Since Biblical prophecies from Yehve (God Most High) indicate that the people of Jebus, Ekron and Edom would be possessed by Israel, this information can be used in determining the location of the scattered sheep of Israel today. I do not know much about how the Ewe and Ga-Dangme who are of Israel just as the Yoruba, identify themselves so the comparisons mentioned here are limited to the Yoruba.
When ISRAEL left Egypt by Yehve’s hand to inherit the Promised Land they met the Jebusites who were living on one of the mountains of Jerusalem. This location is named in the Bible as Jebus. Many years later Oba Daodu (David) took that portion of the Land from the Jebusites who became servants of the Israelites, and Solomon (Daodu’s heir) built the Temple over a threshing floor previously owned by a Jebusite. Looking at the relationship between both peoples it is obvious that, unlike other who the Israelites met in the Land, the Jebusites offered little resistance to Israel. Additionally, the fate of the Jebusites in Israel after the transition of Daodu as described in Zechariah 9:6-7 (perhaps it is mentioned in detail in “lost” books like the Book of Shemaiah (2 Chronicles 2:15)) is that Israel absorbed them.
This implies that it is very much possible to find the Jebusites today among the scattered sheep of Israel (Yoruba/Ewe/Ga-Dangme), especially in the region of West Africa referred to in Hosea 11:11 as Assyria (today their descendants are the Hausa, Kanem-Borno, Boko Haram). The Yoruba are mostly in the southwest region of Nigeria, a nation whom the Amorites of Britain gave charge to the Assyrian descendants). Not surprisingly there exist a people in Yorubaland called the Ijebu (Jebu according to the British slave masters) who today appear so indistinguishable from other Yoruba peoples, except for their high level of frugality and a peculiar penchant for partying. There are various versions of their history but one has it that the first Oba (royal father) of each of the two principal Ijebu divisions were appointed from Ile-Ifẹ, actions which are most likely glimpses of the perfect one to come (Revelations 2:26-27). Ile-Ifẹ has been the spiritual home of the Yoruba/Ewe/Ga-Dangme upon arriving from Israel.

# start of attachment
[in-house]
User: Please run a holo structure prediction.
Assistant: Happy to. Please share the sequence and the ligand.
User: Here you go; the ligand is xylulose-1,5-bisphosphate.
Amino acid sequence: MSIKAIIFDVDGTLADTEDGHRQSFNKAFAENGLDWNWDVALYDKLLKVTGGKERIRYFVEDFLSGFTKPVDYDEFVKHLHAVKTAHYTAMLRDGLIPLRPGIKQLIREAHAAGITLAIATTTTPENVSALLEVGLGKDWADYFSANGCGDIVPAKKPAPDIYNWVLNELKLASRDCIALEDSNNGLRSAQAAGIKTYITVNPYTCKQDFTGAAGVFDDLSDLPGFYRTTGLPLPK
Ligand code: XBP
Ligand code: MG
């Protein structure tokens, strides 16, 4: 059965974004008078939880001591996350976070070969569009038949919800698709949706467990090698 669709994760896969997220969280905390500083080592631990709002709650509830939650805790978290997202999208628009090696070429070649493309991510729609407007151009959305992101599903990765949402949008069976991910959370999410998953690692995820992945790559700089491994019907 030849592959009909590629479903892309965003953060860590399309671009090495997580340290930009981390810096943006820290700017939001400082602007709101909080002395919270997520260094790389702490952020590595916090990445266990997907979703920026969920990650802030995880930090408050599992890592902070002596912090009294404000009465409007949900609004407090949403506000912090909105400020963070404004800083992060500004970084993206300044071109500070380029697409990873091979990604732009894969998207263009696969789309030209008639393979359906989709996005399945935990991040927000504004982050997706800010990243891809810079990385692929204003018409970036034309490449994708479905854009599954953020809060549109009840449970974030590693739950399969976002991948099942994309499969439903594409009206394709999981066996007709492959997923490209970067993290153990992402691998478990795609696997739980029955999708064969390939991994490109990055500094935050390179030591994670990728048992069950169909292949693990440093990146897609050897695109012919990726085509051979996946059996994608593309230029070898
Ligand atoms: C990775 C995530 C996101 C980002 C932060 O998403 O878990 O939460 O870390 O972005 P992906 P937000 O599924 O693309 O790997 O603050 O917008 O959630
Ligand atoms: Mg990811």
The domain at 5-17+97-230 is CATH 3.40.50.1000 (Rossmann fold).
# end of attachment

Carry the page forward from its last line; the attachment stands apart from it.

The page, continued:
If the Ijebu are truly the Biblical Jebusites their presence as one of the Yoruba peoples can be used to identify the people of Ekron (also spelled as Accaron), a Philistine division and descendants of Mizraim (Egypt), as Yehve said they will be absorbed into Israel (Zechariah 9:7).
There is a kingdom known as Badagry out link along the coastal part of Yorubaland whose Oba is called the Akran of Badagry. The people call themselves Egun/Aegean?, their presence extends into Benin Republic, and they are reputed for their fantastic drums, song and dance, and their language which some Yoruba people consider as an outlier dialect. They say they are not originally Yoruba but that they accepted the protection of the Ọyọ Empire, or something like that. This may be a jumpy comparison but searching for Philistine cultural practices/markers among the people of Badagry should prove interesting.
- Could the Egun people be the descendants of the Aegean people of Philistine?
- Badagry Local Government
- Badagry Town in Nigeria Was Slave Trade Route in West Africa